a Sudoku puzzle requires that every row, col-
umn, and box contain all the numbers in the set
[1, 2, . . . , 9] and that every cell be occupied by one
and only one number.
This definition implies that no row, column, or
box will have any number repeated. An example
of a Sudoku puzzle is shown in Figure 2. The more
difficult puzzles can only be solved efficiently by
writing down in each empty cell the possible num-
bers that can occupy the cell. This list of possible
numbers for each cell is called the markup of the
cell. The markup of the example puzzle in Figure
2 is shown in Figure 3. Figure 3. Markup of the example puzzle in
We now define preemptive sets, which is the Figure 2.
primary tool for solving Sudoku puzzles up to
the point where either (1) a solution is found or
(2) continuation requires randomly choosing one where [n1 , n2 , . . . , nm ], 1 ≤ ni ≤ 9 for i = 1, 2, . . . , m,
of two or more numbers from the markup of an denotes
 the set of numbers in the preemptive set
empty cell.
 
and c i1 , j1 , c i2 , j2 , . . . , c im , jm denotes the
Definition 2 (Preemptive Sets). A preemptive set set of m cells in which the set [n1 , n2 , . . . , nm ], and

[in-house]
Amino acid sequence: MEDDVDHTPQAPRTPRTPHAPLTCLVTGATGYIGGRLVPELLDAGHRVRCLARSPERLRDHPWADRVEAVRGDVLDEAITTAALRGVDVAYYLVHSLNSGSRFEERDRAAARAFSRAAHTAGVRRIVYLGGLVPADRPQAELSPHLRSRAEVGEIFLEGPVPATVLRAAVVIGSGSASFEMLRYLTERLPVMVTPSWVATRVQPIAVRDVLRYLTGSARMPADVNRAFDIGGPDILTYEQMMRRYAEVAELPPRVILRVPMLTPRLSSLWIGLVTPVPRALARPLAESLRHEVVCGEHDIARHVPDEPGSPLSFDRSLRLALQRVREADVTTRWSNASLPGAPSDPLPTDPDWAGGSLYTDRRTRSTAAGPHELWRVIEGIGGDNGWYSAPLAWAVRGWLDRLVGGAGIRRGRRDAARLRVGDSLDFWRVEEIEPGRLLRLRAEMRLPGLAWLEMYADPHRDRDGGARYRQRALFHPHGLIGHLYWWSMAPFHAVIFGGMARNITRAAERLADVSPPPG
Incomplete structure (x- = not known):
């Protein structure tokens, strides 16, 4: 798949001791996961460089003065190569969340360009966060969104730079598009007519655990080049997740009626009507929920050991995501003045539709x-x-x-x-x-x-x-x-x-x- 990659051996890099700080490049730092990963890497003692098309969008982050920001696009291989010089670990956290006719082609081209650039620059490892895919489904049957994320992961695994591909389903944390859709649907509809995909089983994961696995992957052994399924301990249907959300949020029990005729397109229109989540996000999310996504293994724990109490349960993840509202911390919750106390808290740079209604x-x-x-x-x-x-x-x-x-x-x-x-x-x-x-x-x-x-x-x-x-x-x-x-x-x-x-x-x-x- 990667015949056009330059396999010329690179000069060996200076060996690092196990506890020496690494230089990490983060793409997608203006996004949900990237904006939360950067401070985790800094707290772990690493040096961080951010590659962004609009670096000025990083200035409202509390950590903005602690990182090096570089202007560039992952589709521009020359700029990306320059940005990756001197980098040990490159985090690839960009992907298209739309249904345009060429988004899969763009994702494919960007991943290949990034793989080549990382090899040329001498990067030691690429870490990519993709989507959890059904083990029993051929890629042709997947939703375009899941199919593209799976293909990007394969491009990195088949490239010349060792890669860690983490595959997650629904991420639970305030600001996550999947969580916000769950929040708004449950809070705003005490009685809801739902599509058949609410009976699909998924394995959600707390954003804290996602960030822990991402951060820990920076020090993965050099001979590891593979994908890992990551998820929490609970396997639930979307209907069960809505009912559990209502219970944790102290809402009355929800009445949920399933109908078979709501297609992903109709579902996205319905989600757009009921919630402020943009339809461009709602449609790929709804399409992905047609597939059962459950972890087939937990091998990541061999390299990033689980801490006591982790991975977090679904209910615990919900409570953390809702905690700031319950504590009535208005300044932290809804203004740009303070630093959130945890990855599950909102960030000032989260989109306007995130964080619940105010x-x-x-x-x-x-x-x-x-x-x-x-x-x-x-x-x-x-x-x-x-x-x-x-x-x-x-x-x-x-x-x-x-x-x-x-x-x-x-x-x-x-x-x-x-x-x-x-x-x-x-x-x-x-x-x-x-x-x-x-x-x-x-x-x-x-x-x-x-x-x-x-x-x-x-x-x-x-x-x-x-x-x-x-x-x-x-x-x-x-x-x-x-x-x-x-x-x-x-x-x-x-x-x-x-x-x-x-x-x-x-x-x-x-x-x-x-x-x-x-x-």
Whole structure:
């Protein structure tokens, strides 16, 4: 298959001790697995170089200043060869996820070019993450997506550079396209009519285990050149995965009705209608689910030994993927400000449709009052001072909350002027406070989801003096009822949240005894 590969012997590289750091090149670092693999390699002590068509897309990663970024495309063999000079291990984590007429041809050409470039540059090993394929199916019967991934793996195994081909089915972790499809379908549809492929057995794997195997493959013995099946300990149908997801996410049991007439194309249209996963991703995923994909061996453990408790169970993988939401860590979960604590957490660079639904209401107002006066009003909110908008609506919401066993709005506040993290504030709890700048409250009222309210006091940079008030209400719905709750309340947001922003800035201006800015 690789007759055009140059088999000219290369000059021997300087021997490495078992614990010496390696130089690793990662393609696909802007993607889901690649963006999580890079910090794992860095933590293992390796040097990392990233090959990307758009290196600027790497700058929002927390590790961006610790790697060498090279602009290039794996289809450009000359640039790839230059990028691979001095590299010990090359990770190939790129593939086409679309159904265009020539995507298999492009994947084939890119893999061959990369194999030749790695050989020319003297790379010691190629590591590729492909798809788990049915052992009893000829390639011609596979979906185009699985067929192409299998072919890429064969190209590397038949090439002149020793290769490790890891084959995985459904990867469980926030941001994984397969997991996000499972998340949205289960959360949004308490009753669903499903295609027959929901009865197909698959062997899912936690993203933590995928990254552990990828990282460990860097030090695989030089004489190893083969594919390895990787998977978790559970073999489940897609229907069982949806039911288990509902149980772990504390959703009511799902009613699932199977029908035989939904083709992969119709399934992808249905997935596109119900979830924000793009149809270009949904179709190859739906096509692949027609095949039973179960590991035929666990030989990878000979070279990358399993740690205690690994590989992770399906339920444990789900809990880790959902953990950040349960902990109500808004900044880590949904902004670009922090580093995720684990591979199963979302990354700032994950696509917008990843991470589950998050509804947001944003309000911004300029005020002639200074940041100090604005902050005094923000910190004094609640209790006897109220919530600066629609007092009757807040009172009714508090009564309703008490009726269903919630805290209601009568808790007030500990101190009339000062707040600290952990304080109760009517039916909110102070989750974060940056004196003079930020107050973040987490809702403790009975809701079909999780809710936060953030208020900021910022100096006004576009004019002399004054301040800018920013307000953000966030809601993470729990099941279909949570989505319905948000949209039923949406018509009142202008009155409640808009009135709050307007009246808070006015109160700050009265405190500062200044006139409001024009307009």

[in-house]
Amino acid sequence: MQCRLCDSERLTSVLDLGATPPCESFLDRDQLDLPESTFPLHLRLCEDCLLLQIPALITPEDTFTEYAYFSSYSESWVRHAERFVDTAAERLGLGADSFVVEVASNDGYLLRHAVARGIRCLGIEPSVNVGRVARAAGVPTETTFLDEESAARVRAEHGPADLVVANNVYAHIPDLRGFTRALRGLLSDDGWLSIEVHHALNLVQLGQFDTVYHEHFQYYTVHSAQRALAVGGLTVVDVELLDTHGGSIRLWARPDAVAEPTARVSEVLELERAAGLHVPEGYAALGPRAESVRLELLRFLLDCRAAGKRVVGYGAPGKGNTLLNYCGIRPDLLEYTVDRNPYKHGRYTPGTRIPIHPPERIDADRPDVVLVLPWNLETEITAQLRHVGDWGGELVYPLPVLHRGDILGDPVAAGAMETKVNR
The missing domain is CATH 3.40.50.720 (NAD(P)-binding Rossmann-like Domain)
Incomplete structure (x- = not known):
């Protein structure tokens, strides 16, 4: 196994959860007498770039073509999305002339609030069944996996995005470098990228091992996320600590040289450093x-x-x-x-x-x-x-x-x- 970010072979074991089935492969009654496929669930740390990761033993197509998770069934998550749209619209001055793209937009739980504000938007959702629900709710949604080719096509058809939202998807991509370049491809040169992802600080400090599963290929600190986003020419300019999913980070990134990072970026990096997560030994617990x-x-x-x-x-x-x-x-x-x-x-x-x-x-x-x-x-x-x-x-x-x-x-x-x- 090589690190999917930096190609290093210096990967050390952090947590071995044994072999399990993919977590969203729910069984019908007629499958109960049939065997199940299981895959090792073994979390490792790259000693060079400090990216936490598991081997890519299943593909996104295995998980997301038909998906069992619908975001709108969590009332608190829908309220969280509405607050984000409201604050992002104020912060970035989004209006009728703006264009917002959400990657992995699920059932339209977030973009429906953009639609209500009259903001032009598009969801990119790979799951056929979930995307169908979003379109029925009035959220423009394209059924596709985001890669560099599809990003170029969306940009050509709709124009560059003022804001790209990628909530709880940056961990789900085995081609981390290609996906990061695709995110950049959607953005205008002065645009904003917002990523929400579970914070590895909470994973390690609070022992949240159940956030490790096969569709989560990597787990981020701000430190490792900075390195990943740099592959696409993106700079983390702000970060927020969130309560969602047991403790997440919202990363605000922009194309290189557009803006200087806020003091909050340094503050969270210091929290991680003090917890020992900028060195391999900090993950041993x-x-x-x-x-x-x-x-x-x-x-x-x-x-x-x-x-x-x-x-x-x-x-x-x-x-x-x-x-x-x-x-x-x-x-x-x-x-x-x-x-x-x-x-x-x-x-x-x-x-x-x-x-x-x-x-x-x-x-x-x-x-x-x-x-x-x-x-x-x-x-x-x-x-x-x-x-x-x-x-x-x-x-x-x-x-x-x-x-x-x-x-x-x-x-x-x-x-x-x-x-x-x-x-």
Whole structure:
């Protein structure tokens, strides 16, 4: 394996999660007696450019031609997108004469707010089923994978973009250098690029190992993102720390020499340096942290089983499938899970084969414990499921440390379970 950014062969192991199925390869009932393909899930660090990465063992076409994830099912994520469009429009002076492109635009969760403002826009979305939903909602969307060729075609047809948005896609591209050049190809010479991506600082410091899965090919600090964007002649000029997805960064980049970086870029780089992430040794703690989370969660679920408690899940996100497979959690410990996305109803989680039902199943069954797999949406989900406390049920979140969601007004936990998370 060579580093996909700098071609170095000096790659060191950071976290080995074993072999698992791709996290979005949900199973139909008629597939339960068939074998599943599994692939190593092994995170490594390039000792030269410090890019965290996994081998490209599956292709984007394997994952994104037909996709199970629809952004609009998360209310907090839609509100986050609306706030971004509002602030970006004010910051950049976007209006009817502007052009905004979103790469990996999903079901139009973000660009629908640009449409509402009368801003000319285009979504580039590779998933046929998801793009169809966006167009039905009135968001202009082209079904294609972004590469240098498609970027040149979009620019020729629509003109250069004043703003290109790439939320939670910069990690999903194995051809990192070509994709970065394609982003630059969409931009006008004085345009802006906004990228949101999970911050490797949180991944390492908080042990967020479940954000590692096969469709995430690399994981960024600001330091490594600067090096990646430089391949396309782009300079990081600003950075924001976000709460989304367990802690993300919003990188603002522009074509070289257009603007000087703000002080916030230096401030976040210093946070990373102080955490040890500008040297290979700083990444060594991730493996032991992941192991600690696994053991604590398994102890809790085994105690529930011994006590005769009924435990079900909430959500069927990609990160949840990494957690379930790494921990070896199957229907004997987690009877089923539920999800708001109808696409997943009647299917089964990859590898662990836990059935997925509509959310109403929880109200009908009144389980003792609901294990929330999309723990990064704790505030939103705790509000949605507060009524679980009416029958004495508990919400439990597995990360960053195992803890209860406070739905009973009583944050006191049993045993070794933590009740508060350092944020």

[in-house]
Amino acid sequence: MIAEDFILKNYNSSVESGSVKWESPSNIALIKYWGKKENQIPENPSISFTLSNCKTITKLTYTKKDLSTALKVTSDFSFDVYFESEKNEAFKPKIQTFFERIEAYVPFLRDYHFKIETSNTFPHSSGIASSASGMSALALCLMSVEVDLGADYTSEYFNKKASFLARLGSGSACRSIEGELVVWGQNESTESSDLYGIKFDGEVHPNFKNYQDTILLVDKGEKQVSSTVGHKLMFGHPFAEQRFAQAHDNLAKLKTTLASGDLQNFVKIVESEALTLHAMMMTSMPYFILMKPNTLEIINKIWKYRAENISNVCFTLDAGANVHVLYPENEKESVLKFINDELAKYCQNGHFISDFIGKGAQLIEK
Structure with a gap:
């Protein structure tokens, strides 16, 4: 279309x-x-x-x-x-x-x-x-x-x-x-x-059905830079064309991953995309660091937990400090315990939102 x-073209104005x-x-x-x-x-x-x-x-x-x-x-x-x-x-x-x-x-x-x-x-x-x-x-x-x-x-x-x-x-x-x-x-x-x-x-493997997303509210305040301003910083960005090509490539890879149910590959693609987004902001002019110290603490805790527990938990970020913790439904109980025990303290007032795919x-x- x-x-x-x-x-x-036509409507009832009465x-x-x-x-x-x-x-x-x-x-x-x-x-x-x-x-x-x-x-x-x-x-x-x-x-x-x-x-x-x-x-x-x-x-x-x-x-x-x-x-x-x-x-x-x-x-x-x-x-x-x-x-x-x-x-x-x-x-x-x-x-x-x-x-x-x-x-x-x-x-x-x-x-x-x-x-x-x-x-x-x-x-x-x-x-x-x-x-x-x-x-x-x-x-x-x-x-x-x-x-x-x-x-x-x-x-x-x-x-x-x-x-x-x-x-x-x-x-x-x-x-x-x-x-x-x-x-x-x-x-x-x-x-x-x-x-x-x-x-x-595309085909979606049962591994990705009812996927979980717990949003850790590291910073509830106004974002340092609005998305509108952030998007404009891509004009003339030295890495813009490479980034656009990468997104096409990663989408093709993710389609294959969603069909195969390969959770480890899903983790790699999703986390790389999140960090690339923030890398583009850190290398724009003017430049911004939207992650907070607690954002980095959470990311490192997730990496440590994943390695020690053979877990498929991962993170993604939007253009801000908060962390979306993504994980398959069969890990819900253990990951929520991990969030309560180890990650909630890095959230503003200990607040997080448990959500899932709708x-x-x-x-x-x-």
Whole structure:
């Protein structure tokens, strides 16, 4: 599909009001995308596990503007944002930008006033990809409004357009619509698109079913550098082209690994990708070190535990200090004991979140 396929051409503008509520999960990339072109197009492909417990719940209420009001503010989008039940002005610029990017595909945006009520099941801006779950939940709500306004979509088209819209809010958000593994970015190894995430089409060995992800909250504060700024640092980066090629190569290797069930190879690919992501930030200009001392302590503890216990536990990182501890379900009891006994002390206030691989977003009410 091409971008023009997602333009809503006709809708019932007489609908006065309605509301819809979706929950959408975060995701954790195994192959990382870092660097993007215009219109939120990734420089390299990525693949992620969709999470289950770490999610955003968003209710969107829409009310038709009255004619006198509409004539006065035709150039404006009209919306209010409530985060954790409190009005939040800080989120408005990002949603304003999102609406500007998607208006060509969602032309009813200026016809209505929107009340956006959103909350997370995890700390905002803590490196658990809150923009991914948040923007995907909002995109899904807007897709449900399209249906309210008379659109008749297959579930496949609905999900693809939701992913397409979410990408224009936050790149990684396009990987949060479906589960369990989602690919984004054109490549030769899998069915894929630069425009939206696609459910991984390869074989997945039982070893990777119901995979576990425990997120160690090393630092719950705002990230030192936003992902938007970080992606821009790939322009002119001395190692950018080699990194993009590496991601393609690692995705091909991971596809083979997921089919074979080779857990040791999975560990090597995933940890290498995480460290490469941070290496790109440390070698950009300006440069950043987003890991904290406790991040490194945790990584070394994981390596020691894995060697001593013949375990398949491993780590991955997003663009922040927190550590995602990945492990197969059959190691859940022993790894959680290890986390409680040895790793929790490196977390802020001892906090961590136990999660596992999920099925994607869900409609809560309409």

is composed of numbers from the set [1, 2, . . . , 9] subsets thereof, exclusively occur.
and is a set of size m, 2 ≤ m ≤ 9, whose num- Definition 3 (Range of a Preemptive Set). The
bers are potential occupants of m cells exclusively, range of a preemptive set is a r ow , column, or
where exclusively means that no other numbers in box in which all of the cells of the preemptive set
the set [1, 2, . . . , 9] other than the members of the are located. When m = 2 or 3, the range can be
preemptive set are potential occupants of those m one of the sets [r ow , box] or [column, box] .
cells.
A description of a preemptive set is that it is a